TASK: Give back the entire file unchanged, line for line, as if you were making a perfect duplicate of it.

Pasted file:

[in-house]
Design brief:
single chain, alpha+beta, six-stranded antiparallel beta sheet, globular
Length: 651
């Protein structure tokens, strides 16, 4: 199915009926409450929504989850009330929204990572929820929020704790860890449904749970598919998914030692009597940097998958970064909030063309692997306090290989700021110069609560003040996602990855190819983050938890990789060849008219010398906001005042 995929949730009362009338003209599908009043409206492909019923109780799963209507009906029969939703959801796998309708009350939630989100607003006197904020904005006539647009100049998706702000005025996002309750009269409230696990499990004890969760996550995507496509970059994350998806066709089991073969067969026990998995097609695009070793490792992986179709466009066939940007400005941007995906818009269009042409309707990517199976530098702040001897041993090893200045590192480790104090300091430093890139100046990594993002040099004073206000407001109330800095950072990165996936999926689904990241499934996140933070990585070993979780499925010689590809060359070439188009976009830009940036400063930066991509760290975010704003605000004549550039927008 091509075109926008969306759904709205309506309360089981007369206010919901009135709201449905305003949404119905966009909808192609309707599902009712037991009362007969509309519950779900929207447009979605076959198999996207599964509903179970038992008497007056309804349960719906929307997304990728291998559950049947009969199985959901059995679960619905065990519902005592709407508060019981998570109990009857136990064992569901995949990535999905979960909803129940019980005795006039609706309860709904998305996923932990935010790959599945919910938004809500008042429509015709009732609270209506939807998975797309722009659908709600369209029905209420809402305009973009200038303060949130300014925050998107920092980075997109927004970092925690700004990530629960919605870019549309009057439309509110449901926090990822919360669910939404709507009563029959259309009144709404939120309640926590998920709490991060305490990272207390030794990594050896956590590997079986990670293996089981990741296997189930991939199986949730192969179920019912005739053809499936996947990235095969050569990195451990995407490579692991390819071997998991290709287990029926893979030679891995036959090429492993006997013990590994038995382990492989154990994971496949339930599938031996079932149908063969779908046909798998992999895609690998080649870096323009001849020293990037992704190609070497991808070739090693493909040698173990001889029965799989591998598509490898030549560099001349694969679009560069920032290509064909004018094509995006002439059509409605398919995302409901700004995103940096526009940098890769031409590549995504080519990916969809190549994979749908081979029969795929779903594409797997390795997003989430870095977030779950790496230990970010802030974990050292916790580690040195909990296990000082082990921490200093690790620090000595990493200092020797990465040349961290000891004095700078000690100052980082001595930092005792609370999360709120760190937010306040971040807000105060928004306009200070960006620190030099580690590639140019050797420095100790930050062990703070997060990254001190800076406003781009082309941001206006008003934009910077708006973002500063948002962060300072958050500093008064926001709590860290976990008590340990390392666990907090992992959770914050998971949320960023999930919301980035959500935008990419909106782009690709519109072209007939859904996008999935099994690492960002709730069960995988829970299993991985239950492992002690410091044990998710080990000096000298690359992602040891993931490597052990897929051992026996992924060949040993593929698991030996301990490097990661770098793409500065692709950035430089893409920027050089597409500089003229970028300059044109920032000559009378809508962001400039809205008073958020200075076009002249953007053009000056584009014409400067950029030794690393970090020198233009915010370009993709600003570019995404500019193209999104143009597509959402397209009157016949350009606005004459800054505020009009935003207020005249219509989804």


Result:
[in-house]
Design brief:
single chain, alpha+beta, six-stranded antiparallel beta sheet, globular
Length: 651
């Protein structure tokens, strides 16, 4: 199915009926409450929504989850009330929204990572929820929020704790860890449904749970598919998914030692009597940097998958970064909030063309692997306090290989700021110069609560003040996602990855190819983050938890990789060849008219010398906001005042 995929949730009362009338003209599908009043409206492909019923109780799963209507009906029969939703959801796998309708009350939630989100607003006197904020904005006539647009100049998706702000005025996002309750009269409230696990499990004890969760996550995507496509970059994350998806066709089991073969067969026990998995097609695009070793490792992986179709466009066939940007400005941007995906818009269009042409309707990517199976530098702040001897041993090893200045590192480790104090300091430093890139100046990594993002040099004073206000407001109330800095950072990165996936999926689904990241499934996140933070990585070993979780499925010689590809060359070439188009976009830009940036400063930066991509760290975010704003605000004549550039927008 091509075109926008969306759904709205309506309360089981007369206010919901009135709201449905305003949404119905966009909808192609309707599902009712037991009362007969509309519950779900929207447009979605076959198999996207599964509903179970038992008497007056309804349960719906929307997304990728291998559950049947009969199985959901059995679960619905065990519902005592709407508060019981998570109990009857136990064992569901995949990535999905979960909803129940019980005795006039609706309860709904998305996923932990935010790959599945919910938004809500008042429509015709009732609270209506939807998975797309722009659908709600369209029905209420809402305009973009200038303060949130300014925050998107920092980075997109927004970092925690700004990530629960919605870019549309009057439309509110449901926090990822919360669910939404709507009563029959259309009144709404939120309640926590998920709490991060305490990272207390030794990594050896956590590997079986990670293996089981990741296997189930991939199986949730192969179920019912005739053809499936996947990235095969050569990195451990995407490579692991390819071997998991290709287990029926893979030679891995036959090429492993006997013990590994038995382990492989154990994971496949339930599938031996079932149908063969779908046909798998992999895609690998080649870096323009001849020293990037992704190609070497991808070739090693493909040698173990001889029965799989591998598509490898030549560099001349694969679009560069920032290509064909004018094509995006002439059509409605398919995302409901700004995103940096526009940098890769031409590549995504080519990916969809190549994979749908081979029969795929779903594409797997390795997003989430870095977030779950790496230990970010802030974990050292916790580690040195909990296990000082082990921490200093690790620090000595990493200092020797990465040349961290000891004095700078000690100052980082001595930092005792609370999360709120760190937010306040971040807000105060928004306009200070960006620190030099580690590639140019050797420095100790930050062990703070997060990254001190800076406003781009082309941001206006008003934009910077708006973002500063948002962060300072958050500093008064926001709590860290976990008590340990390392666990907090992992959770914050998971949320960023999930919301980035959500935008990419909106782009690709519109072209007939859904996008999935099994690492960002709730069960995988829970299993991985239950492992002690410091044990998710080990000096000298690359992602040891993931490597052990897929051992026996992924060949040993593929698991030996301990490097990661770098793409500065692709950035430089893409920027050089597409500089003229970028300059044109920032000559009378809508962001400039809205008073958020200075076009002249953007053009000056584009014409400067950029030794690393970090020198233009915010370009993709600003570019995404500019193209999104143009597509959402397209009157016949350009606005004459800054505020009009935003207020005249219509989804």